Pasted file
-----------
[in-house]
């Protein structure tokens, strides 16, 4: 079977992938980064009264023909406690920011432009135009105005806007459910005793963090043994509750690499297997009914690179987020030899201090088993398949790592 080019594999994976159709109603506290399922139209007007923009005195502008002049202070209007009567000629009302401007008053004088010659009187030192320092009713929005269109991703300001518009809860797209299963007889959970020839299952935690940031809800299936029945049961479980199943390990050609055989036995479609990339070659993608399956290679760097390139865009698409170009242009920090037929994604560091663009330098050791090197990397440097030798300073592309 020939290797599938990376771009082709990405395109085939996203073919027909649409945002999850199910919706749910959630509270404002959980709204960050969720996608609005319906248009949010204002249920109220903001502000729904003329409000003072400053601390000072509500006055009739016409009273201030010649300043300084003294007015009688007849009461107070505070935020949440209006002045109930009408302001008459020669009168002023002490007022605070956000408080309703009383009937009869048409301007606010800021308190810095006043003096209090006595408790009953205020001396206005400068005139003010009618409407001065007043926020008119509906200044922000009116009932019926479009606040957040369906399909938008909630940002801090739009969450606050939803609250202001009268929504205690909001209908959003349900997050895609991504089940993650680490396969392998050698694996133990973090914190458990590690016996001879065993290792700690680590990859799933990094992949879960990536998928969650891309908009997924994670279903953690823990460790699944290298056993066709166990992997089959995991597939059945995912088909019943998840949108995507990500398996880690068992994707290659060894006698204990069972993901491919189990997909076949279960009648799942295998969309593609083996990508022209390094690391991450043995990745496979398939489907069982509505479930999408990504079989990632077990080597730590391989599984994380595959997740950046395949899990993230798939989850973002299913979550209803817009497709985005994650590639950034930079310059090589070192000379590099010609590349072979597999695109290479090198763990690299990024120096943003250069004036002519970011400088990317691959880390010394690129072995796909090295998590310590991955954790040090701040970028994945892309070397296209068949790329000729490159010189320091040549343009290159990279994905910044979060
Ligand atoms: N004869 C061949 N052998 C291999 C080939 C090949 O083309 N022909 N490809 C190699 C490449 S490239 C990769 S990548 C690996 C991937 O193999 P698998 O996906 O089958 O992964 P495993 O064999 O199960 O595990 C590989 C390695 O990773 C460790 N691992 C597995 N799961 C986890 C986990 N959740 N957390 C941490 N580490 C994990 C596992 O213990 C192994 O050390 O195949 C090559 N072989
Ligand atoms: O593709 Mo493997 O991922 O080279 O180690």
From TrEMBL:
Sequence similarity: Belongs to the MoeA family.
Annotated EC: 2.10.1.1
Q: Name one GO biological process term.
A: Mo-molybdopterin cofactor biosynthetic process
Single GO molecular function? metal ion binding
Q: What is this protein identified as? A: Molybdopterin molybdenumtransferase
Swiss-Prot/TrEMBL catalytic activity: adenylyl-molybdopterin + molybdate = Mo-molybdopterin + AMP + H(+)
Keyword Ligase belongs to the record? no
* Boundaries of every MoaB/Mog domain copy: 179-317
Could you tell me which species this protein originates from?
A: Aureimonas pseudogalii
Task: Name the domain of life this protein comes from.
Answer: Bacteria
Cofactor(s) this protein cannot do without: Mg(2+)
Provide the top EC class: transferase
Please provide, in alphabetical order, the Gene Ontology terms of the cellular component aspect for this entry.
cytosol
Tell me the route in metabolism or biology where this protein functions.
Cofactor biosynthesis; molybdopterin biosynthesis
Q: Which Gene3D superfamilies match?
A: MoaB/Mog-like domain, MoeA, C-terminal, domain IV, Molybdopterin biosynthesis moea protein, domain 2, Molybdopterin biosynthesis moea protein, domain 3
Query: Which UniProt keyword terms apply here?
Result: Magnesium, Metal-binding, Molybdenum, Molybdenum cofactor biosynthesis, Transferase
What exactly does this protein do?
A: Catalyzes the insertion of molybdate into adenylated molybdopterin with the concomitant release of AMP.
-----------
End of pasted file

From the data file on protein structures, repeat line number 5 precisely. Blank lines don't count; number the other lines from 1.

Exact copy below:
From TrEMBL: